That would be enough excitement and pageantry for most but there's more. It's homecoming. Big 12 commissioner Bob Bowlsby has been asked to serve as grand marshal of Friday's parade (Baylor graciously approved, making sure there would be no hard feelings of playing favorites). Bowlsby will present commemorative game balls to WVU administrators and will participate in the coin toss. Country music singer Trace Adkins will sing the national anthem.

Plus, West Virginia fans are being asked to "stripe the stadium." Those in even-numbered sections and in the upper level student sections will wear gold. Those in the odd-numbered sections and lower level student sections will wear blue.

"We're looking forward to a very fun, festive atmosphere this Saturday,'' West Virginia coach Dana Holgorsen told the Charleston Gazette. "Obviously there's been a lot of excitement over joining the Big 12 since it happened a year ago and it's finally here. "There's a lot of anticipation not only within the state of West Virginia, but across the country with having West Virginia as part of the Big 12, as well."

Quick Slants
TCU closes out its non-conference schedule Saturday against an old rival. The 14th-ranked Horned Frogs will make a short road trip east to Dallas to face SMU. The schools have met 91 times, most as members of the defunct Southwest Conference. TCU will stay in the same hotel in Arlington, Texas, it stays at the night before home games in Fort Worth. The trip to SMU's Ford Stadium will cover 21.4 miles. The distance TCU travels from its hotel to home games at Amon Carter Stadium is 19.8 miles.

Texas senior fullback Ryan Roberson has played in 42 games and his primary role is as a blocker. He has just eight carries and three receptions in four seasons. Those 11 touches have produced three touchdowns. He has rushed for two TDs and in the Longhorns' last game he caught his first touchdown pass, a 1-yarder from David Ash.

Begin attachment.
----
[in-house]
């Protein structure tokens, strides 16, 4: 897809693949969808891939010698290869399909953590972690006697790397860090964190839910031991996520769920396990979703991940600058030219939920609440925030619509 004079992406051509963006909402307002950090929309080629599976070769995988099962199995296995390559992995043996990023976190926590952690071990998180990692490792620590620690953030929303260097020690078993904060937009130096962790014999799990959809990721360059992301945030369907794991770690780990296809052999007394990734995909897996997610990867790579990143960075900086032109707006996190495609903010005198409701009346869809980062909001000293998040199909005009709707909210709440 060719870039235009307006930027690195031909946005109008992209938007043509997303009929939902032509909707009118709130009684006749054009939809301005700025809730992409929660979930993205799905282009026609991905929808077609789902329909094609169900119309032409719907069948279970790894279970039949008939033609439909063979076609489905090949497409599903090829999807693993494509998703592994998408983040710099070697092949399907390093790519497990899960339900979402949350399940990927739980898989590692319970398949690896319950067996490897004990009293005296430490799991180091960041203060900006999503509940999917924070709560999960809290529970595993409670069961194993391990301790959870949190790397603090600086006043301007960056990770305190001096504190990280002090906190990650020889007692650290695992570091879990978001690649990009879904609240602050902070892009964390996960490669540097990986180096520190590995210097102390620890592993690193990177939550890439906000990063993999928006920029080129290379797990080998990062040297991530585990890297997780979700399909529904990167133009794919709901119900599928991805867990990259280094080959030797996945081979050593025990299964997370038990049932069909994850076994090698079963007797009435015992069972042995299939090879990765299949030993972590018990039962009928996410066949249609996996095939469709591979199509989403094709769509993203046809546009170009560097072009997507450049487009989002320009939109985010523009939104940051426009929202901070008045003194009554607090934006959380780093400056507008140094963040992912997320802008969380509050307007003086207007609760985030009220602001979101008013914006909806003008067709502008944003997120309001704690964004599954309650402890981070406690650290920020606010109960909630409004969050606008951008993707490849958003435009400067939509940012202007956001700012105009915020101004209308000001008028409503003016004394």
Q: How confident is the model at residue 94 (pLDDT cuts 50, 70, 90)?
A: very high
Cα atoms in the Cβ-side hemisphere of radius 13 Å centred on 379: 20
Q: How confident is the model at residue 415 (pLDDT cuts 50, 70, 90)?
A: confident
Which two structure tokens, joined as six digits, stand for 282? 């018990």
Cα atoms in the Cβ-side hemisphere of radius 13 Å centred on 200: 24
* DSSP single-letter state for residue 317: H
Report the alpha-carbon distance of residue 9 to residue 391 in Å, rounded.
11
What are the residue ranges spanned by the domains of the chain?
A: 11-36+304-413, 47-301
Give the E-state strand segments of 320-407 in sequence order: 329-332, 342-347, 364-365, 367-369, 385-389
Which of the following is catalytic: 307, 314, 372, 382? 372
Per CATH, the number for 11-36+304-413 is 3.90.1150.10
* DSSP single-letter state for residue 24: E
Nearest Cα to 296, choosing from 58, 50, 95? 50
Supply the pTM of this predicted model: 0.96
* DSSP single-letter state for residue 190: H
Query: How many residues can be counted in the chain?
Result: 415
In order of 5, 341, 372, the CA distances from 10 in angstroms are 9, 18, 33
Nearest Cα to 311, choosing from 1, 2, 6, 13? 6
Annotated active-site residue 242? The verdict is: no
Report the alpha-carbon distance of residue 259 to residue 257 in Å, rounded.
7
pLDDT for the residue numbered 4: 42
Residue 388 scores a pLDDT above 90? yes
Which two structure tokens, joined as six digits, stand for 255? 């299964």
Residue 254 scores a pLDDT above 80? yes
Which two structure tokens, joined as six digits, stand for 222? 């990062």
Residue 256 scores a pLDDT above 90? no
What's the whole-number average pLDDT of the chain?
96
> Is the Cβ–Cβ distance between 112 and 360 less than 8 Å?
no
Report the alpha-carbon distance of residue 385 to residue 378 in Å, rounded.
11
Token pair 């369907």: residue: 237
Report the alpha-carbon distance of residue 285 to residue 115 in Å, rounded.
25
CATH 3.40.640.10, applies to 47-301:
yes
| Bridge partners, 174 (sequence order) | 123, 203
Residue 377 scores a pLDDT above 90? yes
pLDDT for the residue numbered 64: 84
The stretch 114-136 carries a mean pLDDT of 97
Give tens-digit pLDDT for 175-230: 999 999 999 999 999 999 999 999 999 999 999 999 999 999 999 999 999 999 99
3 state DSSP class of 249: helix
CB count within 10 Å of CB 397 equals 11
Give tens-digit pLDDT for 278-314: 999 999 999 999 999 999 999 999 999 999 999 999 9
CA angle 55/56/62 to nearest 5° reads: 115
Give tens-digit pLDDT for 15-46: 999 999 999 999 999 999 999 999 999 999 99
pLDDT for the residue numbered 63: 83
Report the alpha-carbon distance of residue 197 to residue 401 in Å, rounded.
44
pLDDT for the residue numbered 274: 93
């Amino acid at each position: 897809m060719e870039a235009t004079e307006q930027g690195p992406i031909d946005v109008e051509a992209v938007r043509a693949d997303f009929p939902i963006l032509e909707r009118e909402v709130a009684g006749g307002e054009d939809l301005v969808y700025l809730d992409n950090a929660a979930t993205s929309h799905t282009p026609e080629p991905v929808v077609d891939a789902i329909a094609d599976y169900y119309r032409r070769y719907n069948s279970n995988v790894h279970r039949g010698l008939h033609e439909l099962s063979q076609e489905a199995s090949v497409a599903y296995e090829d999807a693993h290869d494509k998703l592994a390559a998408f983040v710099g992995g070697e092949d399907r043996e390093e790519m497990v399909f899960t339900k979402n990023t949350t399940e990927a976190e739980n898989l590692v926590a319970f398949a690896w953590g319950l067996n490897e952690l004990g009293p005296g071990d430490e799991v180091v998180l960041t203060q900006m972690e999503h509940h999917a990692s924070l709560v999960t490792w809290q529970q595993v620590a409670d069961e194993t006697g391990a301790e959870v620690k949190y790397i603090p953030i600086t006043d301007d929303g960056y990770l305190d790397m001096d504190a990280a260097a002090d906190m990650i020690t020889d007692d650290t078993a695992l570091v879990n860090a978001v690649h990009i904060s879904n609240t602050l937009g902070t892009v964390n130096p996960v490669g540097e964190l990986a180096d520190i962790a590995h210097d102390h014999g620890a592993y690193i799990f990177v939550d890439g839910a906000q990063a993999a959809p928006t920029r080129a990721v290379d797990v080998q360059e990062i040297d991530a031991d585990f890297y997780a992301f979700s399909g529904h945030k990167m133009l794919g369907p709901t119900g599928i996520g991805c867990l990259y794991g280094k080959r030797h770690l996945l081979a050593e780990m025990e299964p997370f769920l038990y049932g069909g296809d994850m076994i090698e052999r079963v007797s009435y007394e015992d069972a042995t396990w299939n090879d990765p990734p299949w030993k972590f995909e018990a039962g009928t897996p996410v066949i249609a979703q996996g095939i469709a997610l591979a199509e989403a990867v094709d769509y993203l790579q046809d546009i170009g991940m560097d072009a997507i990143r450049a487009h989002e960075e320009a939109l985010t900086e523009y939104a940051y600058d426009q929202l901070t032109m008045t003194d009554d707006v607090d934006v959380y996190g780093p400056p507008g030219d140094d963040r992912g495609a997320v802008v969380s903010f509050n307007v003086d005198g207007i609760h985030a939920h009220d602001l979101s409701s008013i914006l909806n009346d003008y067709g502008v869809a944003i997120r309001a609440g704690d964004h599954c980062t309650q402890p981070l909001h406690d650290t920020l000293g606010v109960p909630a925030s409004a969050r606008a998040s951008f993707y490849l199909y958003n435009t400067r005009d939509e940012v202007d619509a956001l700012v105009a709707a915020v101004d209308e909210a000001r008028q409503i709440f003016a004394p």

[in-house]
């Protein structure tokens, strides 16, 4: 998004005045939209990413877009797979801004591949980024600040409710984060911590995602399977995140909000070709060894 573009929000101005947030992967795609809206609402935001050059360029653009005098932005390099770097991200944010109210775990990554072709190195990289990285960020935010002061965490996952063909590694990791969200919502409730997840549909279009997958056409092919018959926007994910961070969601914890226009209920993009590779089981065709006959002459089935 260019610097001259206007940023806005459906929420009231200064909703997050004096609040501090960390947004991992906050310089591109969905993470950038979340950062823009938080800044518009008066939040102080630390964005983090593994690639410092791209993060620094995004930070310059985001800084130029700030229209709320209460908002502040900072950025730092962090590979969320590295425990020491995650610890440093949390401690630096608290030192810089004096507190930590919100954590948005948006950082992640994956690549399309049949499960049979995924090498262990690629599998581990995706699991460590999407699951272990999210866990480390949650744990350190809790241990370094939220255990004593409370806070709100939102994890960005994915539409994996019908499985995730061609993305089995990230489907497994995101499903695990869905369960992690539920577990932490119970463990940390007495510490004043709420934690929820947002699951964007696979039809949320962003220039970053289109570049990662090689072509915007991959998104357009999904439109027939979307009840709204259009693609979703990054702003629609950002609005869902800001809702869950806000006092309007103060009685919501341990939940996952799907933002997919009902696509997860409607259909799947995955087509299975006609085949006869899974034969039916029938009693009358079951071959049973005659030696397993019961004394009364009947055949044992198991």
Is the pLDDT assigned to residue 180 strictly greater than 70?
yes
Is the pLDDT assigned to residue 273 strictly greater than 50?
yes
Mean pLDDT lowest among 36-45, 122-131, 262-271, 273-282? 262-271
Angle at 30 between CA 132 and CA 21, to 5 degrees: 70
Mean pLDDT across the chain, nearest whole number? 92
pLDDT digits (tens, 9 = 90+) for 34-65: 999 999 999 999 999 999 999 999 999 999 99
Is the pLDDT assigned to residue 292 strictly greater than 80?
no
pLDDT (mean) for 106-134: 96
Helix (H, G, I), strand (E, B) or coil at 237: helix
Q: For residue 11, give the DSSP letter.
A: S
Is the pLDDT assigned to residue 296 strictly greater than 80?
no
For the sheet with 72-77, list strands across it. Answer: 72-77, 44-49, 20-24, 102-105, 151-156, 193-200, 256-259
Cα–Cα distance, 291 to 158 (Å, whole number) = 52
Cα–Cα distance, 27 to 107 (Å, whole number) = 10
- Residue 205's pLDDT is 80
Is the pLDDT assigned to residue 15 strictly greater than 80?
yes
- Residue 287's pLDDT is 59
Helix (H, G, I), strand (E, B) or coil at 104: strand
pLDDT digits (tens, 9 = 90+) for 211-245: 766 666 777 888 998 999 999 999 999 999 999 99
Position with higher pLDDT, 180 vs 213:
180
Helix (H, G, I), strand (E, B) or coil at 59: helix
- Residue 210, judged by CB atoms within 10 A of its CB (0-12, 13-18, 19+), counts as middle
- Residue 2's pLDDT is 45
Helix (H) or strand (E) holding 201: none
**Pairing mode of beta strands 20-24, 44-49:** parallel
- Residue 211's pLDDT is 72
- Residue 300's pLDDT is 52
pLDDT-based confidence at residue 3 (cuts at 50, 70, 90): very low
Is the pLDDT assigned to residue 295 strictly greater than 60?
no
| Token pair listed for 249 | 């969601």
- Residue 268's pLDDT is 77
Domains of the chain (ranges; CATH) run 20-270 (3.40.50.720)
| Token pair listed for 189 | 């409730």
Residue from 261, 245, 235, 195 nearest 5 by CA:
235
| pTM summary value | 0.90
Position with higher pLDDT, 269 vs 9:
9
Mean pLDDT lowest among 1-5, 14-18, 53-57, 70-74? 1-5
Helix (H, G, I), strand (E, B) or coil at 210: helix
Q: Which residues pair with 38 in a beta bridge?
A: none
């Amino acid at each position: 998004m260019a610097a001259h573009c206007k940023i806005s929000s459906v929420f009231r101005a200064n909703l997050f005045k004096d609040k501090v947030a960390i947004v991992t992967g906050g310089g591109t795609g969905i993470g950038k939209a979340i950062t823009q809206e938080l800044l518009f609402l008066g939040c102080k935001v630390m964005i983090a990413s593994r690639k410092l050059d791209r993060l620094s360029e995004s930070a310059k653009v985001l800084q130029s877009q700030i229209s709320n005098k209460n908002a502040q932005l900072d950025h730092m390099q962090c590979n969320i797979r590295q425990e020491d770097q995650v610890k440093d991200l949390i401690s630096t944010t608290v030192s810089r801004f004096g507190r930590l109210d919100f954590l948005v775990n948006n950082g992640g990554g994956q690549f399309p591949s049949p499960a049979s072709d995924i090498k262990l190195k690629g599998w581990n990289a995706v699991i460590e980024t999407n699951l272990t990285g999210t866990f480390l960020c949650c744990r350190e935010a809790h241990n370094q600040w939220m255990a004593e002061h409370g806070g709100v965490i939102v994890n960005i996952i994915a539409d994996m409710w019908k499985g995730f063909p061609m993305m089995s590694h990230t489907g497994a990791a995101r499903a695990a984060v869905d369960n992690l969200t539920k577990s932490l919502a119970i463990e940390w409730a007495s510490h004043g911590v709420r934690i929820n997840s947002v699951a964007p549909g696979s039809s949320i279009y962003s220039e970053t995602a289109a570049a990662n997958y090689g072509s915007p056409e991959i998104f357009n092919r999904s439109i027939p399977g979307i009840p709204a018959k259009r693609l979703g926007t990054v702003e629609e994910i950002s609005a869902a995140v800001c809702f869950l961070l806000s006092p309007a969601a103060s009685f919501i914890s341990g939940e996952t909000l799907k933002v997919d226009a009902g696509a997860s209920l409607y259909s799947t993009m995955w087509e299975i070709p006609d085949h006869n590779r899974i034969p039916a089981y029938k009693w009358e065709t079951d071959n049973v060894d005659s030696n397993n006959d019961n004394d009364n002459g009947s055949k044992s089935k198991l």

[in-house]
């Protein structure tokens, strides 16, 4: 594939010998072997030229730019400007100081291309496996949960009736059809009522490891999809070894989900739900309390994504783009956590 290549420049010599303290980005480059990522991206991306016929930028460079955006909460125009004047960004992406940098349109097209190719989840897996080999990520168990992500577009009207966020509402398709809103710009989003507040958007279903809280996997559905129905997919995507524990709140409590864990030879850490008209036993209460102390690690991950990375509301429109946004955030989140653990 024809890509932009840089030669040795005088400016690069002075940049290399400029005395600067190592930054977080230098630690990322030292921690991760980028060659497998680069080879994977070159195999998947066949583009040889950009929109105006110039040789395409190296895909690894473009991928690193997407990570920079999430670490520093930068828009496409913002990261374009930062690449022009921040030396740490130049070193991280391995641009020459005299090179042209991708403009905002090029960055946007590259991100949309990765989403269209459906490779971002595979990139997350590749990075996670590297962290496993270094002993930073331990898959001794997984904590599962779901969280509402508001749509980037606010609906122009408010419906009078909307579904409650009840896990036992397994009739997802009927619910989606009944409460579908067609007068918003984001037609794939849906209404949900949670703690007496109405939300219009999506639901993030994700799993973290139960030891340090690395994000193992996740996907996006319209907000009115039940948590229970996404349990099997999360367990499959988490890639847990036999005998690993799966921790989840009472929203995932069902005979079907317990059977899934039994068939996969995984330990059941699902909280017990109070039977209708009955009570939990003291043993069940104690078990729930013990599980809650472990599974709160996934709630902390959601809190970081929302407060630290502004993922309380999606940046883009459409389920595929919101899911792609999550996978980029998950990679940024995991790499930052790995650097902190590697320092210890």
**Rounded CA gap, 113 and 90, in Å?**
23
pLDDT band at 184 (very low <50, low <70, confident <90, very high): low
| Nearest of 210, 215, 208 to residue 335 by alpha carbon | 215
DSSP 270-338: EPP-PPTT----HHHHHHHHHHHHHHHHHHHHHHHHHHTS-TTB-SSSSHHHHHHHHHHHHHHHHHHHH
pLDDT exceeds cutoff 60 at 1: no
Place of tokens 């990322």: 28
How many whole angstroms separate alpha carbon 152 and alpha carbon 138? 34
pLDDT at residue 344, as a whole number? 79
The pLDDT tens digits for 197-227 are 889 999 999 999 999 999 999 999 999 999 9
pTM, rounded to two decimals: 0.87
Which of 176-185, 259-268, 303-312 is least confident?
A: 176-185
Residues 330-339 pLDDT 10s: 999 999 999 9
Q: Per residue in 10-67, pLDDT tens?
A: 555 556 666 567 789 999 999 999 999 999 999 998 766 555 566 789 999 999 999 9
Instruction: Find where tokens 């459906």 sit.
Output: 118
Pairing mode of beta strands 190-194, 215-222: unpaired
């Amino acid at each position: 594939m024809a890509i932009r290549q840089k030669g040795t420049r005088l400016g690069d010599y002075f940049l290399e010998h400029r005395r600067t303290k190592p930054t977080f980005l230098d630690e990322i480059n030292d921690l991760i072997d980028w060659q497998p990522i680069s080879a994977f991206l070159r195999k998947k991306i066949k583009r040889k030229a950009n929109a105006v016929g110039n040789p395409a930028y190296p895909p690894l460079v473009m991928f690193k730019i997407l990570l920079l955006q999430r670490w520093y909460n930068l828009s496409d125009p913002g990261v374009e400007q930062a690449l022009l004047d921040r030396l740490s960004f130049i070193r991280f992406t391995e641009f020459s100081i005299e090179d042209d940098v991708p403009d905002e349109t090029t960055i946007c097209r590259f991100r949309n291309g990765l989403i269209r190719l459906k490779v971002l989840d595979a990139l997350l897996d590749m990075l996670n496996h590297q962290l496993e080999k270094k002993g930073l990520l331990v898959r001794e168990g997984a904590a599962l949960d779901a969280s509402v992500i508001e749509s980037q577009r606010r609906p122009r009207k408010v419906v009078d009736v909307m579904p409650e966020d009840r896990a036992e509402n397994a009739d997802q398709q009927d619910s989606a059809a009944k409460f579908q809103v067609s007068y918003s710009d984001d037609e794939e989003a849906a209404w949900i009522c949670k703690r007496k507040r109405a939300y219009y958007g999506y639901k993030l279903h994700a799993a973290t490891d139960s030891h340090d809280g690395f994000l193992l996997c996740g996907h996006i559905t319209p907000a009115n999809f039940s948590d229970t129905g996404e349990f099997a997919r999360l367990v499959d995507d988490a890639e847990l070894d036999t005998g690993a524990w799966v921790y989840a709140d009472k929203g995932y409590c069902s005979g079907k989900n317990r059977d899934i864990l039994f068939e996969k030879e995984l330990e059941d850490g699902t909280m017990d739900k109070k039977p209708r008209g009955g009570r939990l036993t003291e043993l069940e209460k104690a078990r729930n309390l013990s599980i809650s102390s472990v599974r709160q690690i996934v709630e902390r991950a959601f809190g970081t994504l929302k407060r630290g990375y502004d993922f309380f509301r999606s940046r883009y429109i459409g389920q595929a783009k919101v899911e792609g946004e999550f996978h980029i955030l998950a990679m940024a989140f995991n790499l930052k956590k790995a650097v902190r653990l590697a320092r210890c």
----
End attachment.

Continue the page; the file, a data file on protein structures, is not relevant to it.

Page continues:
Turnovers were a big reason Iowa State quarterback Steele Jantz was benched during Big 12 play last season. He threw 11 interceptions last season and thus far has four picks and one lost fumble in three games. "A lot of time turnovers happen when you are letting the game move too fast," Jantz said. "You weren't really understanding, if you understand everything slows down and then the ball security comes and you are calmer. ... (and) it's preparation. Just being so prepared where no matter what happens you are still confident."

In victories over Texas Tech the last two seasons, Iowa State has rushed for 251 and 368 yards. Those rushing totals have included runs of 61, 65 and 71 yards. The Red Raiders enter Saturday's game in Ames No. 1 in total defense and No. 12 in rushing defense, allowing an average of 75 yards per game. In three games, the longest run Texas Tech has allowed is 16 yards and it has given up just one rushing TD.

No. 24 Baylor faces No. 7 West Virginia Saturday as the Mountaineers celebrate and commemorate their first Big 12 Conference game. The Bears are 13-87-2 against teams ranked in the top 10 of The Associated Press rankings. Six of those 13 upsets came with Baylor as the visiting team and three of those victories came when the Bears were ranked.

Here's an interesting statistical tidbit. After Saturday's games there will be five Big 12 teams at 1-0 and five teams at 0-1.

Iowa State senior nose guard Jake McDonough on the aspirations of the Cyclones, who could start the season 4-0 overall and 1-0 in Big 12 play with a victory over visiting Texas Tech:

"That's kind of what we started to embrace a lot this year, is, why not go for big? We know we can hang with the big guys in our league, and we've shown it before. Once we bought into it ourselves, we start to bring a lot more people along for the ride."

West Virginia coach Dana Holgorsen, who was an assistant coach at Texas Tech along with Art Briles, on the job Briles has done as Baylor's coach:
"Art has been there for five years, and I hope four years from now, I can say the same thing about West Virginia from a program standpoint. He has made his mark on the program. That wasn't the easiest job that he took over. They are winning; they are ranked; they are being talked about on a national standpoint; and they are building facilities that are fantastic. What he has done with that program over the last five years is impressive."

Texas coach Mack Brown on the close quarters with the fans at Oklahoma State's Boone Pickens Stadium, where his team will face the Cowboys Saturday night:
"It's loud. We always laugh that the crowd is right behind our bench. You (make) some really good friends in three-and-a-half to four hours. Usually, they know everybody's name. They go back to mommas. They got it down pretty good. It's a fun environment."

< Football
Popular on
Load More